3644309244_9f0c0884aa_zThe basement of Waterstone’s is often my refuge. On the days where I feel brave enough for a weekend venture onto Princes Street, I’m often quickly reminded why I avoid it. As a mildly anxious introvert, I have strategically staked out restorative niches across the city to be called upon in a moment of personal crisis – this is one of them. If you find yourself in non-fiction, deep in the bookstore belly (which I truly believe, is in a dark basement for a reason) amongst the usual pocket guides to Rousseau and latest George Monbiot, I’ve noticed a newcomer. An interloper, multiplying like Tribbles every time I visit: Mindfulness books. Everywhere. The Little Book of Mindfulness. The Mindfulness Pocketbook. The Little Pocket Book of Mindfulness. In fact, no less than 117 titles on the subject in stock, right now. If you’ve yet to encounter this 21st century re-brand, it’s meditation for the masses.

Once upon a time, such things were the preserve of the New Age marginale, yet the word seems to have become commonplace in cultural lexicon. It’s the millennials’ Chicken Soup for the Soul. But why the shift from out there to accepted? Have we collectively reached the tipping point? Has the world gotten so ugly that what was once the preserve of chai-supping hippies (I know, I was one) has been yoinked into the mainstream by the over-worked?
A sure-fire sign of social saturation is ‘the app test’. Take a nebulous concept, bung it in the iTunes store, and see how many people can sort your life out with one £2.99 digital package. The answer is ‘lots’. To me though, the rise of ‘spiritual tech’ and the explosion in ‘wisdompreneurs’ all seems a little antithetical to the original ethos.

But – I caved, and bought one anyway, because there are some weeks where the world feels more awful than usual. Weeks when the news exists only to pipe a constant stream of human suffering into your ears. Add to that school holidays, a full-time job, 5:30am writing, bills, deadlines, post-grad research, unexpected guests, global tragedy, internet backlash, and I’d reached the limits of my own weekly stress quotient. After a futile battle between sleep and being sucked into a giant forest harvester, I needed a quick fix. Don’t we all?

I’m no newbie to the concept of spiritual calm. I’ve spent the majority of the last eighteen years in an on/off relationship with my inner self. (For the most part, mostly wishing she’d wheesht). My wee West Coast Papa, a veteran of two coronaries before fifty, knew exactly how to bring his heart rate down through focus and mantra, and taught me his secret. This progressed to trying yoga nidra after binging on Jane Fonda videos, through to joining a Buddhist chanting class and on to guided meditation, transcendental meditation and hypnobirthing. Yet despite putting in the years, the quest for inner stillness persists. If self-improvement is a journey, I keep getting on the wrong train.

So I gave the technology a shot. You know what I learned? For a simple concept, mindfulness is really bloody hard. It’s nigh on impossible to be present, and appreciate the air against your skin, and the sound of the rain, and where your body meets the floor in a room where your cat is furiously humping the rug and your kids have spontaneously redecorated with Lego and browning apple cores. Right now, mindfulness, for all its good intentions, is another personal benchmark for me to miss. In the midst of my own shitstorm of a week, it feels like a fad that has been intentionally crafted to fatten up social media posts and make me feel inadequate. Of course, I know this isn’t true. But in a world where my patience is constantly stretched it feels like yet another thing for me to try, fail and then feel bad about. I began poisoning myself with my own ‘toxic self-criticism’ – precisely what the practice is supposed to eliminate.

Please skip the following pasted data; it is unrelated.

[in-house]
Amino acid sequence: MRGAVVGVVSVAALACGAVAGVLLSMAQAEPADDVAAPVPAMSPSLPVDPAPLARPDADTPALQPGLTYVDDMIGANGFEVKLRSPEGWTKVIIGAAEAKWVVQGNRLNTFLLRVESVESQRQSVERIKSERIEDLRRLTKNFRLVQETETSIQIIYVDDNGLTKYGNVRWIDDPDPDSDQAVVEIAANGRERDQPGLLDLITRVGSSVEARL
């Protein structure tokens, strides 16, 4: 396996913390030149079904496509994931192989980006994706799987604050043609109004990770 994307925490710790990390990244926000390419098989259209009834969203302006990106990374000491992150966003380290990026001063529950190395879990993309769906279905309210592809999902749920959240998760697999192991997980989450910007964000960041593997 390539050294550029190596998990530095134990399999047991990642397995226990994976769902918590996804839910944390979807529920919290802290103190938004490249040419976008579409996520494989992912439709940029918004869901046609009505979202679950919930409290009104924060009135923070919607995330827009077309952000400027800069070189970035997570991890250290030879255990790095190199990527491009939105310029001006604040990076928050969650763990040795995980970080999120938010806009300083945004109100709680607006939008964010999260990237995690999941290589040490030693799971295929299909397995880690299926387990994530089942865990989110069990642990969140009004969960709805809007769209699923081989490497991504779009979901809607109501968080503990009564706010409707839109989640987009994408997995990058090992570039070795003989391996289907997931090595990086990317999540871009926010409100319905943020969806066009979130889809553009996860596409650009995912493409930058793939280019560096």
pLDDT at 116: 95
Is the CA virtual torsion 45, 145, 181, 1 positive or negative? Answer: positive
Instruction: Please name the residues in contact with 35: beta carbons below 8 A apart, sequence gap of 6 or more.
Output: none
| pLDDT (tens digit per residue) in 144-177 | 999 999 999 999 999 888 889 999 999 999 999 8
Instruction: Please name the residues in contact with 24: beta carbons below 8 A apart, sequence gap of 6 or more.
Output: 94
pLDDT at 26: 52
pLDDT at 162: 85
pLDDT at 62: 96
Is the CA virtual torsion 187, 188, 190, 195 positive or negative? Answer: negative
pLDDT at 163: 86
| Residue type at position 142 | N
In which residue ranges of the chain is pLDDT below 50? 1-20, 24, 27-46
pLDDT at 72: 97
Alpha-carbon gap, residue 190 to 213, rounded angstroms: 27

In a nutshell, the tech didn’t work. If anything, the passive-aggressive reminders to stop and take stock only made me cross. Pictures of dandelions, soft music and guided breathing did nothing to centre my life. And I know why – because such a radical shift in focus can’t happen in front of a 5.5-inch screen – it has to come from me. I have to recalibrate my expectations, and stop trying to find a sticking plaster fix for my own attitudinal self-sabotage.

As a result, I’m beginning to arrive at my own slightly wonky Zen state. One that is far more realistic given that I don’t live in an Instagram photo. It starts with a mutual understanding between me and The Universe, that nobody in Scotland is really living in a higher state of being. Next, it involves laughing at how badly my well-intentioned self-help pans out. Then, it’s a gradual acceptance that I’m more Daria than Dalai Lama, and that deep down, I’d rather call for pizza than strike a posture.

For all of my early rising, hungover sun salutations and meditation, I’m no longer aiming for personal nirvana. And I think I’m okay with that. Nothing beats whizzing down a hill on a bike. Nothing makes me smile like making a bed-sheet den with my boys, on a clothes horse. I know I’ll find moments of self-care hiding in bubble baths and beer bottles and in singing to The Smiths when I feel sad. These will always work in a way that deep breaths never will. So long may the little things continue.